Cricket: Carr keeps going like a train

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The Independent Online
Surrey. . . . . . . . . . . . . . .425 and 313-3 dec

Middlesex . . . . . . . . . . . . .350-5 dec and 392-8

Middlesex win by two wickets

WHO needs Lara? The stance may drive the purists potty but these days John Carr can cock a snook or two. In steering Middlesex home via some self-created pot-holes with four overs to spare, the man who once abandoned the greensward to become something in the City extended his average over his last six innings to the little matter of 593.

The spadework, however, came from a more predictable source. With Desmond Haynes indisposed by a gammy knee, Mike Gatting offered a teasing hint as to his role next summer, opening with Mike Roseberry after Alastair Brown and Monte Lynch had clattered 83 from 11 overs to set up a target of 389 from 88 overs. While Gatting and Mark Ramprakash were adding 178 in 44 overs, the outcome looked a foregone conclusion.

Huffing and puffing tirelessly without threatening to blow the house down, Tony Pigott was alone in discomforting the second-wicket pair, the red stain under his right armpit adding a fresh dimension to the concept of ball-tampering.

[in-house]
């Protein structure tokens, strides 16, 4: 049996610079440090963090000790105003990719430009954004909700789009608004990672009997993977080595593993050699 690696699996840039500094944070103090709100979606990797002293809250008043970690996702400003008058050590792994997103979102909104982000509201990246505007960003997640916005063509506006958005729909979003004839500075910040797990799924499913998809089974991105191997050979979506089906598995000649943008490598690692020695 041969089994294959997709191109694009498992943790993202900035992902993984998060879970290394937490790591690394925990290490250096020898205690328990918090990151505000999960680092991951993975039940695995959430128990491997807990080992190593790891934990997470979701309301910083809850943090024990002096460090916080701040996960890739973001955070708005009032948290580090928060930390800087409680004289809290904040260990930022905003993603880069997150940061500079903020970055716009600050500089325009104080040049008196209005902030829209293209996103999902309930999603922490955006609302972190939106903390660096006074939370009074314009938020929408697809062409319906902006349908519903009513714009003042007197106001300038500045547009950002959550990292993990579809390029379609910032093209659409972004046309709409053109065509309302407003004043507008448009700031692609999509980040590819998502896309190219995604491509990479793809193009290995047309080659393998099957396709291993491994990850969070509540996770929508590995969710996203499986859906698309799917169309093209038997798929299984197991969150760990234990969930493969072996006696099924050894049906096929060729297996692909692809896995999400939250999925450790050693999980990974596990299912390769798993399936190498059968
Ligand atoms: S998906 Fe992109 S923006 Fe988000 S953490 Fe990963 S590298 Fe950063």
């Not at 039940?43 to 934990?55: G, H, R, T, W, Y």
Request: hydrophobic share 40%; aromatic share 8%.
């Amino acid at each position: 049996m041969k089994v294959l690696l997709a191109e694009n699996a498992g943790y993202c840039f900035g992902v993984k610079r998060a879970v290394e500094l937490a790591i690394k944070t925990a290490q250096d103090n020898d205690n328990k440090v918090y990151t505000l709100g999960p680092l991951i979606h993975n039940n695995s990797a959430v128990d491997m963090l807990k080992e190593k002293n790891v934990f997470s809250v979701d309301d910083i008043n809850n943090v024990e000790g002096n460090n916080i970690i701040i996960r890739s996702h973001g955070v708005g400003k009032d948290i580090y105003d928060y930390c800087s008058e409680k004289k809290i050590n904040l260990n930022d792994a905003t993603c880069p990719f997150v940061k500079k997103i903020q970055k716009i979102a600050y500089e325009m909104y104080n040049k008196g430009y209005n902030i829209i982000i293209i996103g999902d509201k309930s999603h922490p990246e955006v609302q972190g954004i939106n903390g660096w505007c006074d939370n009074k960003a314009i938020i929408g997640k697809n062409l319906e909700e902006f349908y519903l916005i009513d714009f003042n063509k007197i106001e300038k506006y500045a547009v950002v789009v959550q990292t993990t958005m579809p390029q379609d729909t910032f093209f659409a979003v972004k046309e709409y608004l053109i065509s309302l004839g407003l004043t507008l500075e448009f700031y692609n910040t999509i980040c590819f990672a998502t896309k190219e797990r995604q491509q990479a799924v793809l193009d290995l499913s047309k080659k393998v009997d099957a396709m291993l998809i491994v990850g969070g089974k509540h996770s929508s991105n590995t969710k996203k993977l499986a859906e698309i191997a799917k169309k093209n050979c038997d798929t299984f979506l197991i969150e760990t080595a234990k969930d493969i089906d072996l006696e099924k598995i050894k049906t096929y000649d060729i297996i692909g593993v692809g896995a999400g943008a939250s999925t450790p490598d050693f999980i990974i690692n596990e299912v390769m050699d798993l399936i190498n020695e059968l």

Having seen off Roseberry with a vicious lifter - a decided rarity on a benign pitch - Pigott evidently believed he warranted an early leg-before verdict against the Middlesex captain, so much so that when Gatting promptly pulled him for four the pair reconvened in mid-pitch for a tete-a-tete not obviously long on pleasantries. Not until Gatting had acquired his sixth century of the term, the 82nd of his career and, surprisingly, his first against Surrey in the Championship since 1982, did Pigott balance the books.

Ramprakash fell 10 short of his second century of the match when bowled off the inside edge three overs later by Martin Bicknell, whereupon the fast-improving Paul Weekes crashed 46 off 39 balls before slicing Bicknell to slip. The impetus now shifted briefly to Surrey, seeking to avert their fifth defeat in six games, all the more so when Lynch sprang to his right at slip to unseat Keith Brown.

Mark Butcher soon clasped a stinging catch at cover to send back Haynes, at which point the PA announcer exhorted the crowd to render a vote of thanks, reasoning that they had just witnessed the Fabulous Bajan boy's final bow beneath the gas holders. Since the West Indies are due here next August, the sentiments seemed a trifle premature.

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